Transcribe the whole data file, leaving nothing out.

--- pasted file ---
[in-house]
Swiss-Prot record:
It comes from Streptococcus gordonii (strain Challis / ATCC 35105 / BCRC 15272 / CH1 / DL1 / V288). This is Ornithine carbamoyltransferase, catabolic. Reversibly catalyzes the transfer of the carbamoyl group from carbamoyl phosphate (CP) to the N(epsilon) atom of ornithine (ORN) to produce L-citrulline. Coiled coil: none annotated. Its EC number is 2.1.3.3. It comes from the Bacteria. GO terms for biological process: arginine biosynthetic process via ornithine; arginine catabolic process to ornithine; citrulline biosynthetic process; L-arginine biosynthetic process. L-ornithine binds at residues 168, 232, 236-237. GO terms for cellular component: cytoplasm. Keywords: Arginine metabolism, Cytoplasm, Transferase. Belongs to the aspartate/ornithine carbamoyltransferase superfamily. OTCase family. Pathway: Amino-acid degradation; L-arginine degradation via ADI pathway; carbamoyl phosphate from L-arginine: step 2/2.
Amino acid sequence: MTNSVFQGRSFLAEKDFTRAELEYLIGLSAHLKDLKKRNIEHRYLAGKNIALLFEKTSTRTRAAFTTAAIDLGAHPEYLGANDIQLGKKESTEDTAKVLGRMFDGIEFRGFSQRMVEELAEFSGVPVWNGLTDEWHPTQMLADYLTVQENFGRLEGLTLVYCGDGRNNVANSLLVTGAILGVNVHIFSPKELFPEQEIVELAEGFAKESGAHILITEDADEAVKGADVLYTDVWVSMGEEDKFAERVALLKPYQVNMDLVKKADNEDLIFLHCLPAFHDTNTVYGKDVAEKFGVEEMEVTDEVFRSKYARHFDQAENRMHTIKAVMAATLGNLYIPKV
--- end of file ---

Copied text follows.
[in-house]
Swiss-Prot record:
It comes from Streptococcus gordonii (strain Challis / ATCC 35105 / BCRC 15272 / CH1 / DL1 / V288). This is Ornithine carbamoyltransferase, catabolic. Reversibly catalyzes the transfer of the carbamoyl group from carbamoyl phosphate (CP) to the N(epsilon) atom of ornithine (ORN) to produce L-citrulline. Coiled coil: none annotated. Its EC number is 2.1.3.3. It comes from the Bacteria. GO terms for biological process: arginine biosynthetic process via ornithine; arginine catabolic process to ornithine; citrulline biosynthetic process; L-arginine biosynthetic process. L-ornithine binds at residues 168, 232, 236-237. GO terms for cellular component: cytoplasm. Keywords: Arginine metabolism, Cytoplasm, Transferase. Belongs to the aspartate/ornithine carbamoyltransferase superfamily. OTCase family. Pathway: Amino-acid degradation; L-arginine degradation via ADI pathway; carbamoyl phosphate from L-arginine: step 2/2.
Amino acid sequence: MTNSVFQGRSFLAEKDFTRAELEYLIGLSAHLKDLKKRNIEHRYLAGKNIALLFEKTSTRTRAAFTTAAIDLGAHPEYLGANDIQLGKKESTEDTAKVLGRMFDGIEFRGFSQRMVEELAEFSGVPVWNGLTDEWHPTQMLADYLTVQENFGRLEGLTLVYCGDGRNNVANSLLVTGAILGVNVHIFSPKELFPEQEIVELAEGFAKESGAHILITEDADEAVKGADVLYTDVWVSMGEEDKFAERVALLKPYQVNMDLVKKADNEDLIFLHCLPAFHDTNTVYGKDVAEKFGVEEMEVTDEVFRSKYARHFDQAENRMHTIKAVMAATLGNLYIPKV